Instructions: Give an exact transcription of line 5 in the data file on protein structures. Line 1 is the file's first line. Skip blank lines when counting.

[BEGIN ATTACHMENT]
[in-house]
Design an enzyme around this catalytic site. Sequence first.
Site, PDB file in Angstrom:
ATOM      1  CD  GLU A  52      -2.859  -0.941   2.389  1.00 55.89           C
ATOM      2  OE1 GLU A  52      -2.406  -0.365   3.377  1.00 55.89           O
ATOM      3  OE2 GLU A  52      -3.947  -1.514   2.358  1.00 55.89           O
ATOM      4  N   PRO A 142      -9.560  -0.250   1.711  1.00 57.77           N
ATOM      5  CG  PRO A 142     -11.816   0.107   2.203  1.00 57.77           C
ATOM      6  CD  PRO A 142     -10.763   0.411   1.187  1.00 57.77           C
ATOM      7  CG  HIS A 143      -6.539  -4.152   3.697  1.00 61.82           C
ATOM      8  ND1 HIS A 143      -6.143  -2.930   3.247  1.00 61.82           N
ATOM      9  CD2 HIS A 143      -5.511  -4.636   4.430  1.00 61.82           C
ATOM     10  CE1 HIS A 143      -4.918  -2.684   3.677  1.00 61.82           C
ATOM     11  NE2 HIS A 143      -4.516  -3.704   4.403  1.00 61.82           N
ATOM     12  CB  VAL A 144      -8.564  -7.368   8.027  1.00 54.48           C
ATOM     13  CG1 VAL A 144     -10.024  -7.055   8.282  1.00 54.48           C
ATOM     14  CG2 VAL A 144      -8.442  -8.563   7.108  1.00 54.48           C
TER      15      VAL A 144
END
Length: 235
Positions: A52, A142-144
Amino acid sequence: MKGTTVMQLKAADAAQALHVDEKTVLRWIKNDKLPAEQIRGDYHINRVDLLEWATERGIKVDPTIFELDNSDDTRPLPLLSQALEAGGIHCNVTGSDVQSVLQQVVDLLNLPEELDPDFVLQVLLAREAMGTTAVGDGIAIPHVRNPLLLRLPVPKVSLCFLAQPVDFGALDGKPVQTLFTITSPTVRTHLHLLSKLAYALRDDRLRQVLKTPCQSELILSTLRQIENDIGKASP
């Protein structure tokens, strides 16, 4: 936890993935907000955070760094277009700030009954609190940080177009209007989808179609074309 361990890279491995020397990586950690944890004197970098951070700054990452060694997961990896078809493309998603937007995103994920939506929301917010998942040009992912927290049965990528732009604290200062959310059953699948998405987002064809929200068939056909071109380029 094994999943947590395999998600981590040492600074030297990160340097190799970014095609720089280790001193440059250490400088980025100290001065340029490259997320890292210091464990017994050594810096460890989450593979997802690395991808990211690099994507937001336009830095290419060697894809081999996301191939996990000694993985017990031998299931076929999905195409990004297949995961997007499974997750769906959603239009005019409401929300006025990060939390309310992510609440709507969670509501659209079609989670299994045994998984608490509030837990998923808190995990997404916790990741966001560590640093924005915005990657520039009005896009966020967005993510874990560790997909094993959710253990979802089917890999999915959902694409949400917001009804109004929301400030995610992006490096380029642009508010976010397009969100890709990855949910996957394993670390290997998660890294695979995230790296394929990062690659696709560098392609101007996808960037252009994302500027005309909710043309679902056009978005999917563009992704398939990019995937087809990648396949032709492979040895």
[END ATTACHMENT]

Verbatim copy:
ATOM      2  OE1 GLU A  52      -2.406  -0.365   3.377  1.00 55.89           O